Not to me. Most of the people who attend BEA (editors, agents, authors, booksellers, rights people) are professionals who work during the week. So BEA scheduled this year's conference during the week, to better fit their normal work-week. They also scheduled it in New York, which is still the heart of book publishing. There's been a lot of hand-wringing about this, and I think it's dumb. Okay, so we all don't get to travel to a fun place like San Francisco or New Orleans, and we all spend our normal work day at the show. Big deal. I think this is a good move (especially for a show that seems like it could be in trouble).
7. Lisa simply wants to know, "Is Borders going to survive?"
I hope so. They got their loans extended this past week. And they are taking steps to close unprofitable stores and shrink some of the outlets that haven't been working. Borders is a great company, and we want them to remain in business if for no other reason than to keep B&N from having a brick-and-mortar monopoly. But… it's pretty dicey.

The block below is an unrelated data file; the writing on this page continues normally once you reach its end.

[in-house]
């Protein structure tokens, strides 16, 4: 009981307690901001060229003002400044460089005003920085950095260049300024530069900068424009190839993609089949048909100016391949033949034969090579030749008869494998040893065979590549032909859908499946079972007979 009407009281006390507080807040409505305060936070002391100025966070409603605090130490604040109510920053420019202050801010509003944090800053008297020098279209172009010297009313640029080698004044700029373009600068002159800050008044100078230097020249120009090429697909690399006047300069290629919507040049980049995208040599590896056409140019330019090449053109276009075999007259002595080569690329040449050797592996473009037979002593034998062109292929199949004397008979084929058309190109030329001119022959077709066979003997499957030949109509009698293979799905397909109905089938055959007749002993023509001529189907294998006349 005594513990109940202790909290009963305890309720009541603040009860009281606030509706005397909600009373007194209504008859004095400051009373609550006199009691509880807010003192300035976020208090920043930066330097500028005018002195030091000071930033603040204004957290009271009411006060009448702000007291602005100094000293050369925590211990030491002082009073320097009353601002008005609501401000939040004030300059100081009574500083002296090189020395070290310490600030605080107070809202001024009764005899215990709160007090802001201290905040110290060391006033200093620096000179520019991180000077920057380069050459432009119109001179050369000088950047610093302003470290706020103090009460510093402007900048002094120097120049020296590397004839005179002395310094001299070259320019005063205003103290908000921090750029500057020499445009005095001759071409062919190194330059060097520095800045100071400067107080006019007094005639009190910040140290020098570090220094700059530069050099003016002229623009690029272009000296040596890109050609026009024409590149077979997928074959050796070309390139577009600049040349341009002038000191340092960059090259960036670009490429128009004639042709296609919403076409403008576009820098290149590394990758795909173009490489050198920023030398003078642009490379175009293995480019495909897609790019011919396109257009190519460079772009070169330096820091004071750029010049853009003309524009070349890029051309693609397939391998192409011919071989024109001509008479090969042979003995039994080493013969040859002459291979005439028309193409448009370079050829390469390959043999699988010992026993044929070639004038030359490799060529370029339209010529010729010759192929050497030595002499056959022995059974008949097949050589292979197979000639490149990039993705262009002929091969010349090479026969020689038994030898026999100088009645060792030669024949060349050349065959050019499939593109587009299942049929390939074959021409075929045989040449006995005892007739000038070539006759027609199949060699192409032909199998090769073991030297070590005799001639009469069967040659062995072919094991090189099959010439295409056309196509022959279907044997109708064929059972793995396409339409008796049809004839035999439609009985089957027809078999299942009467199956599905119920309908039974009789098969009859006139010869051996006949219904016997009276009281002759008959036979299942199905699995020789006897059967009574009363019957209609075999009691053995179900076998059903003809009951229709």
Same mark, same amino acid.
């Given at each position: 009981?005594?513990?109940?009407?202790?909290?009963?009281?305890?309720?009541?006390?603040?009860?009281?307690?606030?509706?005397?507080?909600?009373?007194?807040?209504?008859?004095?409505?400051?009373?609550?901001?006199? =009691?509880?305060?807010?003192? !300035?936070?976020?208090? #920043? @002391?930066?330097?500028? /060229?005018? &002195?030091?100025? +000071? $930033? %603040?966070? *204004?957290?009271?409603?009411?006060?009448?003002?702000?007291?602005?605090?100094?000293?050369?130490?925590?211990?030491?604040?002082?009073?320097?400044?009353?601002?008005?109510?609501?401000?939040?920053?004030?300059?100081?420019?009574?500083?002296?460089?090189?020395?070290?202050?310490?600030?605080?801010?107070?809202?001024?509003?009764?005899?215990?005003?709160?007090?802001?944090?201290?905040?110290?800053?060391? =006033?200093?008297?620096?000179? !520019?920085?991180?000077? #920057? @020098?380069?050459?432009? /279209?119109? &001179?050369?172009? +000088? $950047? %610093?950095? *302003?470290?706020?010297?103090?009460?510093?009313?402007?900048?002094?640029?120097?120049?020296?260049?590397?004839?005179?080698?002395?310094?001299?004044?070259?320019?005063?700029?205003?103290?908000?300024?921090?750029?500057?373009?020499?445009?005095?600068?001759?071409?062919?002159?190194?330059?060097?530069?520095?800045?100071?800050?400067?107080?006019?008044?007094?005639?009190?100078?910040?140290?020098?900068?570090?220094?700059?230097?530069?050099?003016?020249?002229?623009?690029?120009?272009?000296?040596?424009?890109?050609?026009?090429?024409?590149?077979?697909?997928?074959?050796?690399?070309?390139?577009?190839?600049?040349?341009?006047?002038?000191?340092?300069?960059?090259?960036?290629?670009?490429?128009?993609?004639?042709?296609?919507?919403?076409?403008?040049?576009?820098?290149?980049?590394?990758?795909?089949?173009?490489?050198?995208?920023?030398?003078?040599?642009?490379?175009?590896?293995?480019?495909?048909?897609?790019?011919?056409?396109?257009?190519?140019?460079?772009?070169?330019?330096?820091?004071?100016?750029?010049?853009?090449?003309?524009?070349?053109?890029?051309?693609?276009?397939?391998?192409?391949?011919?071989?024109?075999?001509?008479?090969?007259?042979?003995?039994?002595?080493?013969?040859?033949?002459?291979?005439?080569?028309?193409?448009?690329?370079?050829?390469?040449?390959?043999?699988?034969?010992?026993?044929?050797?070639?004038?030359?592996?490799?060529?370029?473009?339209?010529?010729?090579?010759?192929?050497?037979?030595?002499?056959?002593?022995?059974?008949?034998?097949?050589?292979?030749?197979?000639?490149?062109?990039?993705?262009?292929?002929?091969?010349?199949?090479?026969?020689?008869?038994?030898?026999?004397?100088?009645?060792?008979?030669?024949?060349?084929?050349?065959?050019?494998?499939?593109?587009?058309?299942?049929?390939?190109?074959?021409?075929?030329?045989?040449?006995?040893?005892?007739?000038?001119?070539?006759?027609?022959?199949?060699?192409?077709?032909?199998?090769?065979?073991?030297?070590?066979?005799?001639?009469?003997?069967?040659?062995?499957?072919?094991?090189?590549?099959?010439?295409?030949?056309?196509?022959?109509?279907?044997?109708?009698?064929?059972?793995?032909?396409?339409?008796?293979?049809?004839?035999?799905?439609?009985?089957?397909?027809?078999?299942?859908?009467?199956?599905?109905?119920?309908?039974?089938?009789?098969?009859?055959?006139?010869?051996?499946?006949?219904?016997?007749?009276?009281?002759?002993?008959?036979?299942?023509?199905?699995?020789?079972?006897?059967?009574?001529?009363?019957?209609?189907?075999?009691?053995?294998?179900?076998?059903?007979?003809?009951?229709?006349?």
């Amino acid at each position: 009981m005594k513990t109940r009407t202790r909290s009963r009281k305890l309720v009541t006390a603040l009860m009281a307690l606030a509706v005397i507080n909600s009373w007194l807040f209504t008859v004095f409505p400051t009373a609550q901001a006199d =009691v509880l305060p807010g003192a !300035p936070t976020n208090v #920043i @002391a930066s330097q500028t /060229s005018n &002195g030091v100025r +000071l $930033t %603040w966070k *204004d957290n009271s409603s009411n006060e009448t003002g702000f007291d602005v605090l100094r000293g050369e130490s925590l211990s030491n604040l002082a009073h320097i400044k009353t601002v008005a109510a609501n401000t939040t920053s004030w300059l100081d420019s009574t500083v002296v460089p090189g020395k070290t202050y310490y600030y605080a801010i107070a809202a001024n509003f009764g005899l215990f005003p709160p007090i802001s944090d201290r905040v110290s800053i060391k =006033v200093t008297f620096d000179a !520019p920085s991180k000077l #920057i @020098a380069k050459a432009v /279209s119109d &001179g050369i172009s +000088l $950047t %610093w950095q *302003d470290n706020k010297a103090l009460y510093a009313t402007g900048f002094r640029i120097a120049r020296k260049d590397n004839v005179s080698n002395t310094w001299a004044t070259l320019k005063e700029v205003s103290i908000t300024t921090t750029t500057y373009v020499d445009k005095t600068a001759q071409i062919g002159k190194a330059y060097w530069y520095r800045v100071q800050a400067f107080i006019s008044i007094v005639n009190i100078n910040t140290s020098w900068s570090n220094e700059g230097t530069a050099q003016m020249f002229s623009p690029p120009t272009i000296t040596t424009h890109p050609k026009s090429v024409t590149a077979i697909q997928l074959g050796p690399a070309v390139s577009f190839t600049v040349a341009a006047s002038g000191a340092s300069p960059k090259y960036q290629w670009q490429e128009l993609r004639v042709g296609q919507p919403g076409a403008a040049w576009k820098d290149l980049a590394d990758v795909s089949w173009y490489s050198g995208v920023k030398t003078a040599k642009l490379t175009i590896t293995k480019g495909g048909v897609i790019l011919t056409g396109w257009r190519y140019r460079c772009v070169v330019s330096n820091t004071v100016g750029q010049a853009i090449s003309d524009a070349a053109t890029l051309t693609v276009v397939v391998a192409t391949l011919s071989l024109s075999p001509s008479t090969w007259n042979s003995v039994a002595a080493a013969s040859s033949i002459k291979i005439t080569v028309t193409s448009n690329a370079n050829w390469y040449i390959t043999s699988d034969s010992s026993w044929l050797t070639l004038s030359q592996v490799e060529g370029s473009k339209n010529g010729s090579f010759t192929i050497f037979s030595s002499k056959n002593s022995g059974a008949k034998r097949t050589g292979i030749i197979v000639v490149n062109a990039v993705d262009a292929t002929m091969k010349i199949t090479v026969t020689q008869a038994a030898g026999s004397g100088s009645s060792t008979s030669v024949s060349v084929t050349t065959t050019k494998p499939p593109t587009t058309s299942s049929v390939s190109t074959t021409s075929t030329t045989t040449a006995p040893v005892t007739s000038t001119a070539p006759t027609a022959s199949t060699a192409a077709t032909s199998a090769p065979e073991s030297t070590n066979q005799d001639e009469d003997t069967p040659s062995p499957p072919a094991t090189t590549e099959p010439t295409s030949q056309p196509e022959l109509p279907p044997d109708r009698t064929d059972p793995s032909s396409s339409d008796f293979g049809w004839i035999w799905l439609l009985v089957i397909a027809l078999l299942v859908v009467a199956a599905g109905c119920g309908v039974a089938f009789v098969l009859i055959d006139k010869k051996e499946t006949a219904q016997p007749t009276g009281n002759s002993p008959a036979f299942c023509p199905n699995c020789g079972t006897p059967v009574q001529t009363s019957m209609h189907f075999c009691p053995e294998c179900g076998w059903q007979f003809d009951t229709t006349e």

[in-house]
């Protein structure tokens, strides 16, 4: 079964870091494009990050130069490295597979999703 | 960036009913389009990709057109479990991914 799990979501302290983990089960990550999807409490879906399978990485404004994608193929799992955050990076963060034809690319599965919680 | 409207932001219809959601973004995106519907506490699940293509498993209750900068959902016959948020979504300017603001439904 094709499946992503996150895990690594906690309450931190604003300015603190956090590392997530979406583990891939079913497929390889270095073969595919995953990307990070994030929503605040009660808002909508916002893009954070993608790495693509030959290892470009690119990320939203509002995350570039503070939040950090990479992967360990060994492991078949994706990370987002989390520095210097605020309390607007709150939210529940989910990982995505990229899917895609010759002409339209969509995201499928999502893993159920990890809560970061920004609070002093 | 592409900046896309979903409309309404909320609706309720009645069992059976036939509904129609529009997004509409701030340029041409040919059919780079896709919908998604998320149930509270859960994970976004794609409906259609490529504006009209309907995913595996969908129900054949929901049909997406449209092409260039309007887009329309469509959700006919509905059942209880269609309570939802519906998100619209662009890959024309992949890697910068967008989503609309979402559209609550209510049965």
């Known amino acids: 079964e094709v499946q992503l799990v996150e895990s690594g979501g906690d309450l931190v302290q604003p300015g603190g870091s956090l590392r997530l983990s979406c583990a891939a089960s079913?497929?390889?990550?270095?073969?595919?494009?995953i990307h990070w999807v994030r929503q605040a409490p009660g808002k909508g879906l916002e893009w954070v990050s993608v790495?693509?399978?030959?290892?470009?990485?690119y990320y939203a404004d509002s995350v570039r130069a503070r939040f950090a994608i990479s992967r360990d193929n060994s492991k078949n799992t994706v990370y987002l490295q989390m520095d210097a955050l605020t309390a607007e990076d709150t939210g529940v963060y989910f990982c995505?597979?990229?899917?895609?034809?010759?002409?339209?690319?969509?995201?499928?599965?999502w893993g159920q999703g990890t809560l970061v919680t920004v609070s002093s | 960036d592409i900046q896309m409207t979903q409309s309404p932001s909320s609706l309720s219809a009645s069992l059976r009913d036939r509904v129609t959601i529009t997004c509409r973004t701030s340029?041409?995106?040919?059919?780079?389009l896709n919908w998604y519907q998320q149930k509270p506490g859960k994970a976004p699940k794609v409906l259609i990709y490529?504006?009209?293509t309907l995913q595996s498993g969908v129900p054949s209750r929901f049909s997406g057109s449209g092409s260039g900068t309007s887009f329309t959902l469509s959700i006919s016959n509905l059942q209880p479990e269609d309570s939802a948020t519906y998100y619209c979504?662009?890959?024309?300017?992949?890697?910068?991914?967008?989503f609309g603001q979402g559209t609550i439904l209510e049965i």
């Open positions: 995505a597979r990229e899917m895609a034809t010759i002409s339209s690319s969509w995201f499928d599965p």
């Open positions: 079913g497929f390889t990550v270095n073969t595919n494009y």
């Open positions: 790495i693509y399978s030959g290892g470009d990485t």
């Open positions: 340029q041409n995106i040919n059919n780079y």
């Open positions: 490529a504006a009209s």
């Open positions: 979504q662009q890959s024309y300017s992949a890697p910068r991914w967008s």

8. And Jim wrote me to say, "It's been a while since you offered us any samples of the really bad stuff you see. Got any great pieces you can share with those of us who are parched for bad ideas?"
Happy to. We recently got a proposal that read in part, "This book is a natural to be made into a movie, since characters in it become Black; or possibly ALL of them become Black, now that we have a Black president."
This is in such remarkably bad taste I just stopped and read through it about three times. For those hoping to write for Hollywood, this guy's advice is to simply "have your characters become black." That makes it a sure thing. Yikes.
I also received a proposal for "Hari Sadhan Dam Meets HarryPotter." It simply came with the note, "The title is self-explanatory." Um… yeah. It is. I might have Sandra read this one…
And I just got in a proposal for "The Men Who Are Ruining America," but I didn't make the list, so I doubt I'll be interested.